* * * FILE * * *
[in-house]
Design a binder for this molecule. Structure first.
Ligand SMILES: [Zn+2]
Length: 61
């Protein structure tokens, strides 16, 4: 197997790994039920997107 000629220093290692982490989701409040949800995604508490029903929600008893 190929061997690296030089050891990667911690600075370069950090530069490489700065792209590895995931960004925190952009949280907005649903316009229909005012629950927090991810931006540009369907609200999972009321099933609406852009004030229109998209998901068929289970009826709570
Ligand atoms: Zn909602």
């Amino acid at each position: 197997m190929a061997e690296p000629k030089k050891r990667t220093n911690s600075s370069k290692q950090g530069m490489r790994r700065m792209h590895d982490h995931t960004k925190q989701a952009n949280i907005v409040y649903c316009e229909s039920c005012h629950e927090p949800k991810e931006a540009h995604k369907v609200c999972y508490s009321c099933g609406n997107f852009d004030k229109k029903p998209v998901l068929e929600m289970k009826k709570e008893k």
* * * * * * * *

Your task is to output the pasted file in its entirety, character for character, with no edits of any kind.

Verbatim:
[in-house]
Design a binder for this molecule. Structure first.
Ligand SMILES: [Zn+2]
Length: 61
């Protein structure tokens, strides 16, 4: 197997790994039920997107 000629220093290692982490989701409040949800995604508490029903929600008893 190929061997690296030089050891990667911690600075370069950090530069490489700065792209590895995931960004925190952009949280907005649903316009229909005012629950927090991810931006540009369907609200999972009321099933609406852009004030229109998209998901068929289970009826709570
Ligand atoms: Zn909602």
């Amino acid at each position: 197997m190929a061997e690296p000629k030089k050891r990667t220093n911690s600075s370069k290692q950090g530069m490489r790994r700065m792209h590895d982490h995931t960004k925190q989701a952009n949280i907005v409040y649903c316009e229909s039920c005012h629950e927090p949800k991810e931006a540009h995604k369907v609200c999972y508490s009321c099933g609406n997107f852009d004030k229109k029903p998209v998901l068929e929600m289970k009826k709570e008893k």